Nordic health officials concerned about fruit and vegetable imports / News / The Foreigner

Nordic health officials concerned about fruit and vegetable imports. Experts in Nordic countries say they expect a future increase in food-related outbreaks of illness. According to the “Nordic Expert Survey on Future Food-borne and Waterborne Outbreaks” survey (external link), which includes Norwegian Food Safety Authority (FSA) participation, this will rise to between 10 and 20 percent in the next eight years. The poll compared 2011-2020 with 2001-2010. Scientists believe raw fruit and vegetables imports will be mainly to blame. Swedish respondents answered, for example, that herbs and spices were there main concern, whilst it was fish in Finland.

norwayfoodsafety, fruitandvegetablesnorway, norwayfoodimports



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Nordic health officials concerned about fruit and vegetable imports

Published on Thursday, 18th October, 2012 at 13:43 under the news category, by Michael Sandelson   .

Experts in Nordic countries say they expect a future increase in food-related outbreaks of illness.

Fruit and veg:Turnham Green (illus. ph.)
Fruit and veg:Turnham Green (illus. ph.)
Photo: Pam Brophy/Creative Commons Licence


According to the “Nordic Expert Survey on Future Food-borne and Waterborne Outbreaks” survey (external link), which includes Norwegian Food Safety Authority (FSA) participation, this will rise to between 10 and 20 percent in the next eight years. The poll compared 2011-2020 with 2001-2010.

Scientists believe raw fruit and vegetables imports will be mainly to blame. Swedish respondents answered, for example, that herbs and spices were there main concern, whilst it was fish in Finland.

This was “perhaps due a larger share of imported fish products,” the experts write.

248 food experts received the poll, with 55.3%, 46.6%, and 41.2% answering in Finland, Sweden, and Denmark, respectively.

39.5% answered in Norway, [but] “the Norwegian respondents had longer experience of risk assessment than risk management, unlike the other nationalities. The opposite tendency applied for the Finnish respondents.”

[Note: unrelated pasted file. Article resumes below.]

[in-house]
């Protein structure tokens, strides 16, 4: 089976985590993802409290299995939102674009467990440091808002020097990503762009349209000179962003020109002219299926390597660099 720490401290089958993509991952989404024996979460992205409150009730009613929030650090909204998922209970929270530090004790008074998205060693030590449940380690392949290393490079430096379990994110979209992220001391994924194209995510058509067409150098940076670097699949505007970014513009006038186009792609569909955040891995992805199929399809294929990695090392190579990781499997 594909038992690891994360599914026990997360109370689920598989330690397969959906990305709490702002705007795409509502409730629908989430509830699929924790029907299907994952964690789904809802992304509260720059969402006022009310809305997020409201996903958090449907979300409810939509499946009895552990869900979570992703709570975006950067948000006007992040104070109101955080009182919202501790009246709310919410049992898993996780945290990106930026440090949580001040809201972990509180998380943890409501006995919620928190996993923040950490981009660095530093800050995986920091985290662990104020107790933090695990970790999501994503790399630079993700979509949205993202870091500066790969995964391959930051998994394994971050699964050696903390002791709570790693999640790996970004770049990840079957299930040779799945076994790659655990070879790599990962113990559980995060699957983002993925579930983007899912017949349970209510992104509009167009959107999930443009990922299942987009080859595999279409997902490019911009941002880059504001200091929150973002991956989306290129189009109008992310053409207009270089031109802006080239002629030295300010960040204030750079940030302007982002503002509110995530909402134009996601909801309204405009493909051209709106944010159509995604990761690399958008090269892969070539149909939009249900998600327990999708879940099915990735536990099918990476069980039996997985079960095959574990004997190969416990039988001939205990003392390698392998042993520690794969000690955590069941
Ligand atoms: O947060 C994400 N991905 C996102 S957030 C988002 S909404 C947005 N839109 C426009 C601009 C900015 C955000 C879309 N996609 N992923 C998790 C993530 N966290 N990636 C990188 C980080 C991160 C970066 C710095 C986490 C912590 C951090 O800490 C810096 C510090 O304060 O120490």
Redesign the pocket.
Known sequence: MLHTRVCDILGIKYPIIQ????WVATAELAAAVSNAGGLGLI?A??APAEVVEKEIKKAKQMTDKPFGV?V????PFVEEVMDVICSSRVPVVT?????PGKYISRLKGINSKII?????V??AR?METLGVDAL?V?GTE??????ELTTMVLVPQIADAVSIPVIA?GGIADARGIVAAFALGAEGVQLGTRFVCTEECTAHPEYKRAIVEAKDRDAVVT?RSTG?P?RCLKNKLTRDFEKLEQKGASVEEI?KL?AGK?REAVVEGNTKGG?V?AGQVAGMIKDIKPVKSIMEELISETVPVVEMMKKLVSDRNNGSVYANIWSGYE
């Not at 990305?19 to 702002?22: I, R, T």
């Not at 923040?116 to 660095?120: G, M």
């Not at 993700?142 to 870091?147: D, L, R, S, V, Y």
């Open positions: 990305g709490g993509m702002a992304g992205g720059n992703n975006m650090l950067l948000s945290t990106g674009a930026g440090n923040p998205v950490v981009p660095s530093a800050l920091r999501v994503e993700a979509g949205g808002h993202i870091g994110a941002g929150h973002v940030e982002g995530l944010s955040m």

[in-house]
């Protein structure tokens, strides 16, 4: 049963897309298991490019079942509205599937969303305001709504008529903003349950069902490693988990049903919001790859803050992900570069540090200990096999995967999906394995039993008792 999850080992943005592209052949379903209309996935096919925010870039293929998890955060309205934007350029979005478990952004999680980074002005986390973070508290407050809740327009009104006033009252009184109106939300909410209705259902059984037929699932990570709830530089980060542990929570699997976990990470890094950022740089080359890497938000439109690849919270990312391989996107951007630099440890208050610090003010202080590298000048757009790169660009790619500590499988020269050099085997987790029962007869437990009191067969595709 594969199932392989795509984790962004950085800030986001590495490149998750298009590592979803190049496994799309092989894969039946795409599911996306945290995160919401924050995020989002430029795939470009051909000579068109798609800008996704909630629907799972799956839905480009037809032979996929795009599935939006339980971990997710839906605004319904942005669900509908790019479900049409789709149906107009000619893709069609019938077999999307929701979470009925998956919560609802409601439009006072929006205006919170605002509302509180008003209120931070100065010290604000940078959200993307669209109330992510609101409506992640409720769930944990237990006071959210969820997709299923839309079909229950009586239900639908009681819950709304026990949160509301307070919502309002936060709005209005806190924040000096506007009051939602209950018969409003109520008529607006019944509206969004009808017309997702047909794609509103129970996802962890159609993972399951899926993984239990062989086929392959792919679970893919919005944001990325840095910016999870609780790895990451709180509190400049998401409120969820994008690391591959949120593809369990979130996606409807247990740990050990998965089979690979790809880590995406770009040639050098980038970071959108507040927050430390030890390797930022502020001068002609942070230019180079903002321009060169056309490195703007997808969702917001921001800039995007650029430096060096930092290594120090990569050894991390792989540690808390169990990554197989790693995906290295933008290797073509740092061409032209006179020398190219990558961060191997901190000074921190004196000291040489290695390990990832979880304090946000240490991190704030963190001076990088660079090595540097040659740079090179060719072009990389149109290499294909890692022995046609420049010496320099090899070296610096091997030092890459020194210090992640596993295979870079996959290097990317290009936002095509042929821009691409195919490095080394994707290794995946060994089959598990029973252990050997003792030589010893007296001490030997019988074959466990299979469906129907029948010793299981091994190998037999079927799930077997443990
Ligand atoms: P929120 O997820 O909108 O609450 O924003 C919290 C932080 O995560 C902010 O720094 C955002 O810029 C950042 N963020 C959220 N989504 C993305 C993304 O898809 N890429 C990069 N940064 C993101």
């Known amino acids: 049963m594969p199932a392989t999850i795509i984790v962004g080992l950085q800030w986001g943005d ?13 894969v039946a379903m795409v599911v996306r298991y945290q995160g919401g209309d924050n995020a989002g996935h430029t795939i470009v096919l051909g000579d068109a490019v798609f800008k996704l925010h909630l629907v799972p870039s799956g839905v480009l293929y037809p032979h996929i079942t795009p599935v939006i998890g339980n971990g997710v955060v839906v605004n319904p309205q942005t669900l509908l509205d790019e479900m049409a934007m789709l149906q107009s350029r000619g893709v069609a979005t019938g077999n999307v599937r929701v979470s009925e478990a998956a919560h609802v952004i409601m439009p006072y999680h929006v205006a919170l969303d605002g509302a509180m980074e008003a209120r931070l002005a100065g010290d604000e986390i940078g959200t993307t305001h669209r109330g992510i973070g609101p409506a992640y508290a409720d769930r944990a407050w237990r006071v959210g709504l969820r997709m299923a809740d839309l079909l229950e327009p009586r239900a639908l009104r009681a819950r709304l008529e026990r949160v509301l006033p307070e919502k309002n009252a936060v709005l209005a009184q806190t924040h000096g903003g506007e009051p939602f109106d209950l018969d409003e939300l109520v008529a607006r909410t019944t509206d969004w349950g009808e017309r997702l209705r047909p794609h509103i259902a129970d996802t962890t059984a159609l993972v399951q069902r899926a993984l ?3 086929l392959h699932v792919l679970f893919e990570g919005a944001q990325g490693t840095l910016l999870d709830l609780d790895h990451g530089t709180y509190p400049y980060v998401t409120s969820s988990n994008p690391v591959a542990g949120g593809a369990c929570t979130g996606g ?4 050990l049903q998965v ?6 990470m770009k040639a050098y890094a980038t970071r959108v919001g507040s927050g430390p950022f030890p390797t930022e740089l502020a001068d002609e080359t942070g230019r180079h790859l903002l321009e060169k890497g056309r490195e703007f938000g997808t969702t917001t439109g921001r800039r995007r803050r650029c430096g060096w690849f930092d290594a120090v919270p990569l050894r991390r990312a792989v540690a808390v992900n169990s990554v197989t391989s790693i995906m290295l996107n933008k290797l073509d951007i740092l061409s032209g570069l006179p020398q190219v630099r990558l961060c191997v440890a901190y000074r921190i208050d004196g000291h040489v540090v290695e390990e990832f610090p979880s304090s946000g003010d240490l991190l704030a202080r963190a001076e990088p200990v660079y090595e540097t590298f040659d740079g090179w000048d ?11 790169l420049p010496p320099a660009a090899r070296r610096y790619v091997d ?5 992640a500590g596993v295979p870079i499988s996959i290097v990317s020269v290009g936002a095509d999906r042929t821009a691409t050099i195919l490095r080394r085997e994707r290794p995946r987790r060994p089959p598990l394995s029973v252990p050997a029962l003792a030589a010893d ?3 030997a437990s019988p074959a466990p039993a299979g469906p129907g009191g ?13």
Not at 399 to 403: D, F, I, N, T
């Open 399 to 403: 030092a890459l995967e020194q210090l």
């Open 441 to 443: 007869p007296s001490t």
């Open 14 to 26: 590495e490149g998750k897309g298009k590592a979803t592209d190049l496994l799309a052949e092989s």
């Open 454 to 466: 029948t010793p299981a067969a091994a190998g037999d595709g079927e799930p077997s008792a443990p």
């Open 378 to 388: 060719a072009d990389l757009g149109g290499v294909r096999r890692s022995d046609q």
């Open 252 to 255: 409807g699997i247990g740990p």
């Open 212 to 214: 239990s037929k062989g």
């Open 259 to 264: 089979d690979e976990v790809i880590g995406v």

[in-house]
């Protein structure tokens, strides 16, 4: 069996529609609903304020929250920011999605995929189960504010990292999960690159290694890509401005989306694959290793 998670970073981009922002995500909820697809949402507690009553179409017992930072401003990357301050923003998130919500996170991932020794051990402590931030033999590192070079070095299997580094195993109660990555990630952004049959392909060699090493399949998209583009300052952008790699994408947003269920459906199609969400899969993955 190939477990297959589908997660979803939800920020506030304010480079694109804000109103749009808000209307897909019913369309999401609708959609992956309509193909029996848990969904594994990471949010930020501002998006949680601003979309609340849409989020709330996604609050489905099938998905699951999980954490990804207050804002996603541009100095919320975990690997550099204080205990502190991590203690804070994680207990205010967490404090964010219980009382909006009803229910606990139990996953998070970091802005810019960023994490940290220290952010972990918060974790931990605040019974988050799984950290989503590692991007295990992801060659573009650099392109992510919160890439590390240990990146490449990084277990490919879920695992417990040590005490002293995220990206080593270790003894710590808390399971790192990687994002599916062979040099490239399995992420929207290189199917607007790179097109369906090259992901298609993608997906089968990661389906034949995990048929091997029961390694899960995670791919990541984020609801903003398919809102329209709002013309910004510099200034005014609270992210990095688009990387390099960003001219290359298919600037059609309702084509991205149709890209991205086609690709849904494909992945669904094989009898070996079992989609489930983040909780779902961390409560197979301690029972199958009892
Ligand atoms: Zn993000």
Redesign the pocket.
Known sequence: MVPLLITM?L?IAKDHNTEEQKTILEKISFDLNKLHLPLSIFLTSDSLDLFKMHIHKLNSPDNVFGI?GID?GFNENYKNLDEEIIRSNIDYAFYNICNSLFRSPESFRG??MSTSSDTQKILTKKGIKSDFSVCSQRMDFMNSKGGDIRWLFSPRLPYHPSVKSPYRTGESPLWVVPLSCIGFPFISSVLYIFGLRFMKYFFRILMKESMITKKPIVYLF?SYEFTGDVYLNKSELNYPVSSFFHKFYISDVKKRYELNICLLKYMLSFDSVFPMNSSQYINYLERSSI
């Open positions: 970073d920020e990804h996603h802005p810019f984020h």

At the same time, Norwegian experts had the lowest number of years’ experience of risk analysis within management (4.9), while Finnish experts came top with 12.9 years.

In response to the question, “Which agents of food-borne diseases are likely to contribute to a significant increase in the number of outbreaks in your country during 2011-2020 compared with 2001-2010?” Norwegian experts answered mycotoxins (fungus and moulds) were more often likely, whereas viruses were less likely.

Norway’s Food Safety Authority is a member of EFSA’s (European Food Safety Authority) own Emerging Risk Unit panel.

“The Nordic members of the Emerging Risk Unit formed a joint study to determine what experts in food safety hazards expect can occur regarding food-borne illness outbreaks in the future,” FSA senior advisor Åse Fulke says in a statement.

“Expectations vary according to experience, education, and nationality, but the trend shows that experts believe imported foods, especially raw vegetable products, would be the most likely source of food-borne infection.”



Published on Thursday, 18th October, 2012 at 13:43 under the news category, by Michael Sandelson   .

This post has the following tags: norwayfoodsafety, fruitandvegetablesnorway, norwayfoodimports.





  
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